Students in many of our nation’s most challenged schools realizing that things have changed.
They are facing teachers and administrators who have raised the level of accountability. They are having to deal with rules on dress and behavior. Some are even having to adapt to a longer school day.
Many of these students are upset with the changes. They liked things the way they were. But even more students are accepting and welcoming the positive changes to their learning environment -- and their parents are thrilled that their children might actually now receive a quality education.
Aside from the parochial interests and politics that hover around such efforts, the reason that turnaround and improvement initiatives are taking place in many of our low performing schools is clear-cut: Things need to change for these students to have any hope of a future.
Recently, I was pleased to experience firsthand the initial stages of a turnaround initiative in Gary, as the oldest and most revered high school in the city – Theodore Roosevelt – marked the start of a new beginning and, more important, a new educational experience for its students.
The school is now known as Theodore Roosevelt College and Career Academy, because it will be focusing students’ learning in ways that will prepare them for higher education and/or the workplace. They will learn to communicate, to create and to become contributing members of the community, like so many Roosevelt graduates before them.
Its dynamic principal, Terrance Little, and his academic team will help the students realize and understand that higher education and career education are not mutually exclusive. They will infuse students with the following message: Go to college or go to work, but have the confidence to know that you've been prepared for both.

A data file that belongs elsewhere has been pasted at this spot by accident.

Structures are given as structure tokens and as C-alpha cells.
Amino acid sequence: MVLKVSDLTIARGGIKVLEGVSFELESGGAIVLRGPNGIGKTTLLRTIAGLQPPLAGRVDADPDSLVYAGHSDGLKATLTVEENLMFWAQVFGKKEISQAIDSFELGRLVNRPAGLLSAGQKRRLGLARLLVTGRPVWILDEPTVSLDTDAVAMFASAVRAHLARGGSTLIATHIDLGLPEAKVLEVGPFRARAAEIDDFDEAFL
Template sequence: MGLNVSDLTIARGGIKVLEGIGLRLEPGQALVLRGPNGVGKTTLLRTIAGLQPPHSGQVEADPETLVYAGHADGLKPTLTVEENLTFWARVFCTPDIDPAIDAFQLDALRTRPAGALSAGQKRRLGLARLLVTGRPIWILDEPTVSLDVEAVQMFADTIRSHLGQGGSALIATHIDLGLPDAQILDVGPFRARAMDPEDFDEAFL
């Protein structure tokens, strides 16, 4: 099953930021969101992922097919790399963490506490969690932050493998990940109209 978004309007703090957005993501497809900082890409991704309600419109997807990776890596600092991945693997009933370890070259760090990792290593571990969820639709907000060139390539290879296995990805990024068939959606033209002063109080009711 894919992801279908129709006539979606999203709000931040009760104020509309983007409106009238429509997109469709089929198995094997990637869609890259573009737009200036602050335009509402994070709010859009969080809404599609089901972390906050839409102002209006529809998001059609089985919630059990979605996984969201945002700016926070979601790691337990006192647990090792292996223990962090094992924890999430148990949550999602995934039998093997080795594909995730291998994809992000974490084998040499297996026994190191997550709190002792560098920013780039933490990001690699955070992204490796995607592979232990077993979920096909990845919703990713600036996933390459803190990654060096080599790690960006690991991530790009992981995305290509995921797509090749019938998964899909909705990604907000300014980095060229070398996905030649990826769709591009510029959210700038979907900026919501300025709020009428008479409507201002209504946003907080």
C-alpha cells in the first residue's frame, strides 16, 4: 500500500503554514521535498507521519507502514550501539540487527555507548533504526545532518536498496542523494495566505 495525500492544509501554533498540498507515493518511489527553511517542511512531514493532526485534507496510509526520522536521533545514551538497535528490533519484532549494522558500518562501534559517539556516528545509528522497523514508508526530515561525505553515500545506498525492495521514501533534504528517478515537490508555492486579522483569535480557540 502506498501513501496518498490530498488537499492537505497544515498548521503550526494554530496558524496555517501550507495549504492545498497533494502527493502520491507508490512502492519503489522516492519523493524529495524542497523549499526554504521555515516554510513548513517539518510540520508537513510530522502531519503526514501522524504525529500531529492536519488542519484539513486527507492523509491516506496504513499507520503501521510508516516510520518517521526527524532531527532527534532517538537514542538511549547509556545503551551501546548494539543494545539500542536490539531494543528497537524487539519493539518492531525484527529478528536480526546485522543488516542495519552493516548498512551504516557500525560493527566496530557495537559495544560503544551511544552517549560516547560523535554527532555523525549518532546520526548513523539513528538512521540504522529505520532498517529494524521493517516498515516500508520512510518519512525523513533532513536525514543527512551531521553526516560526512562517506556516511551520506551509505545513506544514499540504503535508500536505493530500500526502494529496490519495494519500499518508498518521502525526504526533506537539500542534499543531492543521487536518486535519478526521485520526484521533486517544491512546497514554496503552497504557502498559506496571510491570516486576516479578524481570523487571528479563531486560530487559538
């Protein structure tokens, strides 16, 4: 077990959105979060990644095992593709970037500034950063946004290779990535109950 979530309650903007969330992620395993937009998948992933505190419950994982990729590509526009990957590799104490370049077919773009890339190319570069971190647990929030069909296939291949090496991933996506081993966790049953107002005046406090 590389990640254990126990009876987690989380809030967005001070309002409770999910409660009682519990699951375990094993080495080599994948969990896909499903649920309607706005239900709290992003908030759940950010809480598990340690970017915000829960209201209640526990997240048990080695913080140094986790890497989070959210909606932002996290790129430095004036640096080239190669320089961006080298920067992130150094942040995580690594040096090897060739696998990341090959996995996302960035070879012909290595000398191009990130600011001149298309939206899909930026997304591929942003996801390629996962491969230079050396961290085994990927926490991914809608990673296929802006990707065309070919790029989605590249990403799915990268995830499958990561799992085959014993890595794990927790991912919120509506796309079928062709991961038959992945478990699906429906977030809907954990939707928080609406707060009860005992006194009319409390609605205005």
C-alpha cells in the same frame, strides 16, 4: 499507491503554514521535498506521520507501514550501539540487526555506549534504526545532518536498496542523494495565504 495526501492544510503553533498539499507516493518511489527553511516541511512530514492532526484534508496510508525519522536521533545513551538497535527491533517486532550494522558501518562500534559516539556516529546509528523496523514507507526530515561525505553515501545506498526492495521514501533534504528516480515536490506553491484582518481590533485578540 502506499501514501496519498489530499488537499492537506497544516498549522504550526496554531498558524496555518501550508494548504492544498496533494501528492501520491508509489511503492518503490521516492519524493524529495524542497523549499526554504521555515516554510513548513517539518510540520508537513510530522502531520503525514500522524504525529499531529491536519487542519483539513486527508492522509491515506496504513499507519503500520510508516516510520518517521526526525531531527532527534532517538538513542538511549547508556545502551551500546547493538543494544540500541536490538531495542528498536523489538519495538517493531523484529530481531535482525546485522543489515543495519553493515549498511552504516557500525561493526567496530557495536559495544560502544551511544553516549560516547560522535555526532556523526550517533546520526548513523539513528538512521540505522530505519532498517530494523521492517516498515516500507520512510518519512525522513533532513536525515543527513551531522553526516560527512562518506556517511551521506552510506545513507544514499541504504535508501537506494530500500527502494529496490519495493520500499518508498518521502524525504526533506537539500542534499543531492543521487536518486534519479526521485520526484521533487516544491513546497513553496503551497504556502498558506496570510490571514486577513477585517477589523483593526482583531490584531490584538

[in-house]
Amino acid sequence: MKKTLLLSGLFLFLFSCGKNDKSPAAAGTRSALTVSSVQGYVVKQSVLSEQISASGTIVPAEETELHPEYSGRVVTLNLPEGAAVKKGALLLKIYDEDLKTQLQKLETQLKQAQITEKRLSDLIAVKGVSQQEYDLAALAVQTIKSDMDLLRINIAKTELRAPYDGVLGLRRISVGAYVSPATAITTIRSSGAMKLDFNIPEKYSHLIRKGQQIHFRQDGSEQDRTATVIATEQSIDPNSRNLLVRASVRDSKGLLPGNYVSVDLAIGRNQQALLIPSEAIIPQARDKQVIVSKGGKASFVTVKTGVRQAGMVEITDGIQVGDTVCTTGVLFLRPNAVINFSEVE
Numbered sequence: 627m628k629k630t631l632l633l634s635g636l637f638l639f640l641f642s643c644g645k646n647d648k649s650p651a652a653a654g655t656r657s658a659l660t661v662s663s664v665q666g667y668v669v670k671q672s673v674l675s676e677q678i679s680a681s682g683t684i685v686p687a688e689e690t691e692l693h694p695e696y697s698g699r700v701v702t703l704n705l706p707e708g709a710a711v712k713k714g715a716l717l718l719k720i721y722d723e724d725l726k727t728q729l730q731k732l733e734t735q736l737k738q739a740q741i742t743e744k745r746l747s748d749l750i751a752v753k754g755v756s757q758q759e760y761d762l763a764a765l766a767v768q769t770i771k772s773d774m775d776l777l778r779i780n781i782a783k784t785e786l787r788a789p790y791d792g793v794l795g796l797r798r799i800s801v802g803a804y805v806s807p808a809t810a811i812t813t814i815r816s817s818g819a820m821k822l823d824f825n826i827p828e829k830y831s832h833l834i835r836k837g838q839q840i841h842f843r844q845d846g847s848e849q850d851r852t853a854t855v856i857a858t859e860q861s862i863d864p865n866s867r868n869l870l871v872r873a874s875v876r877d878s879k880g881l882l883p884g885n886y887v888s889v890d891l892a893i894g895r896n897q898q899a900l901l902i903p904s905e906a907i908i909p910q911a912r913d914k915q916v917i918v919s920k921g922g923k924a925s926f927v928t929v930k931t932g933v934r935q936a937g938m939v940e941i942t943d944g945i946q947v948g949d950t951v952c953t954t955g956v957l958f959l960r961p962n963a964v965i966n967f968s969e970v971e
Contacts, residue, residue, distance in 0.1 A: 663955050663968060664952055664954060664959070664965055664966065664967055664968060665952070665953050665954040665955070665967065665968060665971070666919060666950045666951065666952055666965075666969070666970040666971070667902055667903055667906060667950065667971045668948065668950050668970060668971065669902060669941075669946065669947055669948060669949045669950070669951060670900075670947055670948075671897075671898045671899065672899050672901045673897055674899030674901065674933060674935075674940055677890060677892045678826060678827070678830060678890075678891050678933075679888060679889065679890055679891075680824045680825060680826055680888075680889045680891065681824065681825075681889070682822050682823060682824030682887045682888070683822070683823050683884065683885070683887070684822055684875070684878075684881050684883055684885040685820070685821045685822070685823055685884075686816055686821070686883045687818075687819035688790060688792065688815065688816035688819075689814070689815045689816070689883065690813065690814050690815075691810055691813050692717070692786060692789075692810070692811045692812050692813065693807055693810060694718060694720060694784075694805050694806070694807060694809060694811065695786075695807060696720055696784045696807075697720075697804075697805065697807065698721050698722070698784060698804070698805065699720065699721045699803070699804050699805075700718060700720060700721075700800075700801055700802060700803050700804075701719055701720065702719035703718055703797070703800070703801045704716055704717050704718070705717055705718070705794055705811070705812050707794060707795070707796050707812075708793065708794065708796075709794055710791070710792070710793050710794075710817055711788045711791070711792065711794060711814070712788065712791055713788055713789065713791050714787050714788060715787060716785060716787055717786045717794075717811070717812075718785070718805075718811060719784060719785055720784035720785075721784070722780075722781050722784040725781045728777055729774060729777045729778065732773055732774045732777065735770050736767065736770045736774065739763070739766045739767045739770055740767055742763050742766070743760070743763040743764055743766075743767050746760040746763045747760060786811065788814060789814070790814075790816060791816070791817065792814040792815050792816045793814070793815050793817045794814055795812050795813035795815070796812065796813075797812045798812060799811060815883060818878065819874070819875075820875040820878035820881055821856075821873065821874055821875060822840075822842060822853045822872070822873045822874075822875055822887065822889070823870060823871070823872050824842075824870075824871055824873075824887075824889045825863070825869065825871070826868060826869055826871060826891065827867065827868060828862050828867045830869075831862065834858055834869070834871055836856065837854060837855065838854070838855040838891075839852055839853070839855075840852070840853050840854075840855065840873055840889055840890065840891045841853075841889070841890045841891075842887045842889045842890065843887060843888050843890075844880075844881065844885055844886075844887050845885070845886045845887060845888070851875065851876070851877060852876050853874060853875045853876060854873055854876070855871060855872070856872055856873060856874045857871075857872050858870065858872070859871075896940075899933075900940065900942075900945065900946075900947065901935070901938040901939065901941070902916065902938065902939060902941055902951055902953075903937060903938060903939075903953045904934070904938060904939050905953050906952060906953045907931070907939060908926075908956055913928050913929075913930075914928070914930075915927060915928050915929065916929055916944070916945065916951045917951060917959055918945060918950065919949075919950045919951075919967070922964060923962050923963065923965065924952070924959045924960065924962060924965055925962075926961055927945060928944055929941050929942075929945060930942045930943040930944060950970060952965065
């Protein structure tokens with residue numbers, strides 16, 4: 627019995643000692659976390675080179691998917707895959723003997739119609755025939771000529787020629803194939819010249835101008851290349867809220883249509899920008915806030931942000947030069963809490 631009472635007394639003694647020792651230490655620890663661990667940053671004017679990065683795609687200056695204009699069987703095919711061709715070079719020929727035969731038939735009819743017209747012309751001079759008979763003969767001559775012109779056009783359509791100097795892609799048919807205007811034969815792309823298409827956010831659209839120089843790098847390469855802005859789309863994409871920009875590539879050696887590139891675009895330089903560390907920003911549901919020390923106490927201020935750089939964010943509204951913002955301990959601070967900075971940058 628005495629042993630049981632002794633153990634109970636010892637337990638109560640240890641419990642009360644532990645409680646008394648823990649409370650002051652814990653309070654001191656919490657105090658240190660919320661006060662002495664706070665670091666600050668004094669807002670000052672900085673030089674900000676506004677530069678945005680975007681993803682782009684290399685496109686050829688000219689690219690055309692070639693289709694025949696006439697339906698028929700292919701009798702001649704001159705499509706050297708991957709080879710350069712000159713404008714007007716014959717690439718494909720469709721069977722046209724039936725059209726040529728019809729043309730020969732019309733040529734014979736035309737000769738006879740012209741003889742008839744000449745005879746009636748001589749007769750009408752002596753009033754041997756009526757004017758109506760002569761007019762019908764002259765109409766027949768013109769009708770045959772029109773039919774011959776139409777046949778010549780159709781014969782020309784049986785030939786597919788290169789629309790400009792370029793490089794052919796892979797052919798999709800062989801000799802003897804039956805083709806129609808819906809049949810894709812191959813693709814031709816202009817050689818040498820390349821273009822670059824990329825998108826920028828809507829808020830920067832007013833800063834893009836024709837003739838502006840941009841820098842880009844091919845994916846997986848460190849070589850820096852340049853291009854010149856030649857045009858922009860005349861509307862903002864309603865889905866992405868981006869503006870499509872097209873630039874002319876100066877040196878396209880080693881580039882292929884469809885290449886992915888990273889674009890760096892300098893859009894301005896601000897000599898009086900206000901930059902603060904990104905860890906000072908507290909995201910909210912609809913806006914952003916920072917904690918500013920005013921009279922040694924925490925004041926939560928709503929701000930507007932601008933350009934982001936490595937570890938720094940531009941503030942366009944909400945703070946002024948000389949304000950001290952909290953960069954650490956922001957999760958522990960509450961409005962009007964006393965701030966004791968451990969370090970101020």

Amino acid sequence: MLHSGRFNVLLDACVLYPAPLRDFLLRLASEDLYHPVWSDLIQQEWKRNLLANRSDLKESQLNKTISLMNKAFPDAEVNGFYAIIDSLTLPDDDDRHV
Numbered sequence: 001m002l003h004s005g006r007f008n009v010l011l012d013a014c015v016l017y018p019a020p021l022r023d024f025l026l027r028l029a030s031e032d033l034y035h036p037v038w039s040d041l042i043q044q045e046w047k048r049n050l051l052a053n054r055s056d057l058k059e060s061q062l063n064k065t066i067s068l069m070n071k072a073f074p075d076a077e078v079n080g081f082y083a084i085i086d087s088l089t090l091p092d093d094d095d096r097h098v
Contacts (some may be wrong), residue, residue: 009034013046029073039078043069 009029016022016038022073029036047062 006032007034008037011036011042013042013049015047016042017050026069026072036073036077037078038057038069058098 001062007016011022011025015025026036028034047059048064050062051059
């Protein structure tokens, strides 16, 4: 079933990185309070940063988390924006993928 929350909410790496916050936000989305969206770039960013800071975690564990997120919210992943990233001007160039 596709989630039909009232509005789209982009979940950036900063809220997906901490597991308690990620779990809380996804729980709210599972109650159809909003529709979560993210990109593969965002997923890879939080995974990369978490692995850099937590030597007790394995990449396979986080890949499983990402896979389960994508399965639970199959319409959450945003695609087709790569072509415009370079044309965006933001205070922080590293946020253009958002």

Most of all, Little and his team will be driven by the belief that children are eager to learn – and they can learn.
Our organization is committed to doing everything we can to help improve the quality of the education Gary students receive at Theodore Roosevelt College and Career Academy. This effort will take hard work, dedication and cooperation – and time. Just as academic progress is not graded on the first day of school – everything planned for this school will be assessed and graded over the course of the year.
We are also extremely pleased that countless members of the Gary community – parents, alumni, public officials, and business people share our passion for learning – and have made significant contributions to Roosevelt’s new beginning.
School turnaround initiatives are about change – they are designed to challenge the status quo of under-performing schools. As Brenda Daniel, the parent of a seventh- and ninth-grader at Roosevelt, said, “I don't want my kids just passed from grade to grade. I want them to learn something."
Jeff Wahl is president and CEO of EdisonLearning. The opinion expressed in this column is the writer's and not necessarily that of The Times.